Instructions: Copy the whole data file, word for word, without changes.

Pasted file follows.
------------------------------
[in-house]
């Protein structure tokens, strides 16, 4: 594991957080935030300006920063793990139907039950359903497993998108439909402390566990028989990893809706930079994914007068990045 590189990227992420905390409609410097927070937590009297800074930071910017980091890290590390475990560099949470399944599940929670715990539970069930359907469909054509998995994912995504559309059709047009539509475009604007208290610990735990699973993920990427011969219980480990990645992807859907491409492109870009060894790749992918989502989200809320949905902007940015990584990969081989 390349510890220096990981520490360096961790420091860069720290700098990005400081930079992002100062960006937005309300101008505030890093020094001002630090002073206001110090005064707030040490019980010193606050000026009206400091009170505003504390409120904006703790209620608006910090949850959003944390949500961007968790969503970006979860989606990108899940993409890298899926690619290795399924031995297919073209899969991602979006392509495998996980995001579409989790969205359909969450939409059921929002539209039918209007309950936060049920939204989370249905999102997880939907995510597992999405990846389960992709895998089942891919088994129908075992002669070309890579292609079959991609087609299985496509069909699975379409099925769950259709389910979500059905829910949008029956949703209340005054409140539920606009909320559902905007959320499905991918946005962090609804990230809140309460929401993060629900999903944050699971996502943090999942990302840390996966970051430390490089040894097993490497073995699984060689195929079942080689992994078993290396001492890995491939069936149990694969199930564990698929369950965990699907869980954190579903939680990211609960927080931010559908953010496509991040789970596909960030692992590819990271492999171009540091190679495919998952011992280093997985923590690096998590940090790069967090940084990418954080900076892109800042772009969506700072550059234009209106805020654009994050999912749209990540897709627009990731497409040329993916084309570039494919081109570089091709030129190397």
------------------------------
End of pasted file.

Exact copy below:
[in-house]
């Protein structure tokens, strides 16, 4: 594991957080935030300006920063793990139907039950359903497993998108439909402390566990028989990893809706930079994914007068990045 590189990227992420905390409609410097927070937590009297800074930071910017980091890290590390475990560099949470399944599940929670715990539970069930359907469909054509998995994912995504559309059709047009539509475009604007208290610990735990699973993920990427011969219980480990990645992807859907491409492109870009060894790749992918989502989200809320949905902007940015990584990969081989 390349510890220096990981520490360096961790420091860069720290700098990005400081930079992002100062960006937005309300101008505030890093020094001002630090002073206001110090005064707030040490019980010193606050000026009206400091009170505003504390409120904006703790209620608006910090949850959003944390949500961007968790969503970006979860989606990108899940993409890298899926690619290795399924031995297919073209899969991602979006392509495998996980995001579409989790969205359909969450939409059921929002539209039918209007309950936060049920939204989370249905999102997880939907995510597992999405990846389960992709895998089942891919088994129908075992002669070309890579292609079959991609087609299985496509069909699975379409099925769950259709389910979500059905829910949008029956949703209340005054409140539920606009909320559902905007959320499905991918946005962090609804990230809140309460929401993060629900999903944050699971996502943090999942990302840390996966970051430390490089040894097993490497073995699984060689195929079942080689992994078993290396001492890995491939069936149990694969199930564990698929369950965990699907869980954190579903939680990211609960927080931010559908953010496509991040789970596909960030692992590819990271492999171009540091190679495919998952011992280093997985923590690096998590940090790069967090940084990418954080900076892109800042772009969506700072550059234009209106805020654009994050999912749209990540897709627009990731497409040329993916084309570039494919081109570089091709030129190397």